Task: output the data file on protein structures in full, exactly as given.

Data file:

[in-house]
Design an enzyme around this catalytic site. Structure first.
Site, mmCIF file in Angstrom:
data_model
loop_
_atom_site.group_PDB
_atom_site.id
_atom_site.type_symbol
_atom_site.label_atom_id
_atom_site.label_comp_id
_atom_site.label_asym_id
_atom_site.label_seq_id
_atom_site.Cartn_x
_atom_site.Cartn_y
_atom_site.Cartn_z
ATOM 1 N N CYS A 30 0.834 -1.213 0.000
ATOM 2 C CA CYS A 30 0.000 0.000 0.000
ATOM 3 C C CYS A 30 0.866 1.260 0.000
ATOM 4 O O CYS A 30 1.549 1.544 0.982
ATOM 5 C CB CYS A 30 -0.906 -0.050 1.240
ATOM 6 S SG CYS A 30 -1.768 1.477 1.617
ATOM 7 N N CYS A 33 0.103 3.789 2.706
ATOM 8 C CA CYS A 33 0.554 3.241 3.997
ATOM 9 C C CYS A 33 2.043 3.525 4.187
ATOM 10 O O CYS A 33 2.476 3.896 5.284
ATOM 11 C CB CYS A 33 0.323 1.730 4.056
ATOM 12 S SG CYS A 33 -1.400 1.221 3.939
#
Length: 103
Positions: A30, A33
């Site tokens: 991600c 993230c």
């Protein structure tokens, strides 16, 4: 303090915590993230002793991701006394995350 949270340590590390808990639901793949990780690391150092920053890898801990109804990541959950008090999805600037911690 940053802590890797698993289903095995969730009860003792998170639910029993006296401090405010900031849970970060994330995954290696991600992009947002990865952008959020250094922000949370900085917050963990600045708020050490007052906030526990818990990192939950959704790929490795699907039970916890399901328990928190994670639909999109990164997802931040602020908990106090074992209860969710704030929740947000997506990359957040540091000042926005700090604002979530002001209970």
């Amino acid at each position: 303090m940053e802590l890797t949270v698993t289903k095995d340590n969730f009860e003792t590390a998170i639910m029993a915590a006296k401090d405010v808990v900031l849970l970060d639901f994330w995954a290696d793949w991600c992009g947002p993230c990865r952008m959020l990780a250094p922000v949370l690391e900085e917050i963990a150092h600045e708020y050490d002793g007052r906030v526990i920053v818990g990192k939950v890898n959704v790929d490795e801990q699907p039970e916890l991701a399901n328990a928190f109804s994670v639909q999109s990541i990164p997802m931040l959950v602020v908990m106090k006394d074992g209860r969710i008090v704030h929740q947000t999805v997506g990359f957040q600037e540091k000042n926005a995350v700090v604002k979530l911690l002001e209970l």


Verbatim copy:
[in-house]
Design an enzyme around this catalytic site. Structure first.
Site, mmCIF file in Angstrom:
data_model
loop_
_atom_site.group_PDB
_atom_site.id
_atom_site.type_symbol
_atom_site.label_atom_id
_atom_site.label_comp_id
_atom_site.label_asym_id
_atom_site.label_seq_id
_atom_site.Cartn_x
_atom_site.Cartn_y
_atom_site.Cartn_z
ATOM 1 N N CYS A 30 0.834 -1.213 0.000
ATOM 2 C CA CYS A 30 0.000 0.000 0.000
ATOM 3 C C CYS A 30 0.866 1.260 0.000
ATOM 4 O O CYS A 30 1.549 1.544 0.982
ATOM 5 C CB CYS A 30 -0.906 -0.050 1.240
ATOM 6 S SG CYS A 30 -1.768 1.477 1.617
ATOM 7 N N CYS A 33 0.103 3.789 2.706
ATOM 8 C CA CYS A 33 0.554 3.241 3.997
ATOM 9 C C CYS A 33 2.043 3.525 4.187
ATOM 10 O O CYS A 33 2.476 3.896 5.284
ATOM 11 C CB CYS A 33 0.323 1.730 4.056
ATOM 12 S SG CYS A 33 -1.400 1.221 3.939
#
Length: 103
Positions: A30, A33
């Site tokens: 991600c 993230c």
């Protein structure tokens, strides 16, 4: 303090915590993230002793991701006394995350 949270340590590390808990639901793949990780690391150092920053890898801990109804990541959950008090999805600037911690 940053802590890797698993289903095995969730009860003792998170639910029993006296401090405010900031849970970060994330995954290696991600992009947002990865952008959020250094922000949370900085917050963990600045708020050490007052906030526990818990990192939950959704790929490795699907039970916890399901328990928190994670639909999109990164997802931040602020908990106090074992209860969710704030929740947000997506990359957040540091000042926005700090604002979530002001209970």
């Amino acid at each position: 303090m940053e802590l890797t949270v698993t289903k095995d340590n969730f009860e003792t590390a998170i639910m029993a915590a006296k401090d405010v808990v900031l849970l970060d639901f994330w995954a290696d793949w991600c992009g947002p993230c990865r952008m959020l990780a250094p922000v949370l690391e900085e917050i963990a150092h600045e708020y050490d002793g007052r906030v526990i920053v818990g990192k939950v890898n959704v790929d490795e801990q699907p039970e916890l991701a399901n328990a928190f109804s994670v639909q999109s990541i990164p997802m931040l959950v602020v908990m106090k006394d074992g209860r969710i008090v704030h929740q947000t999805v997506g990359f957040q600037e540091k000042n926005a995350v700090v604002k979530l911690l002001e209970l």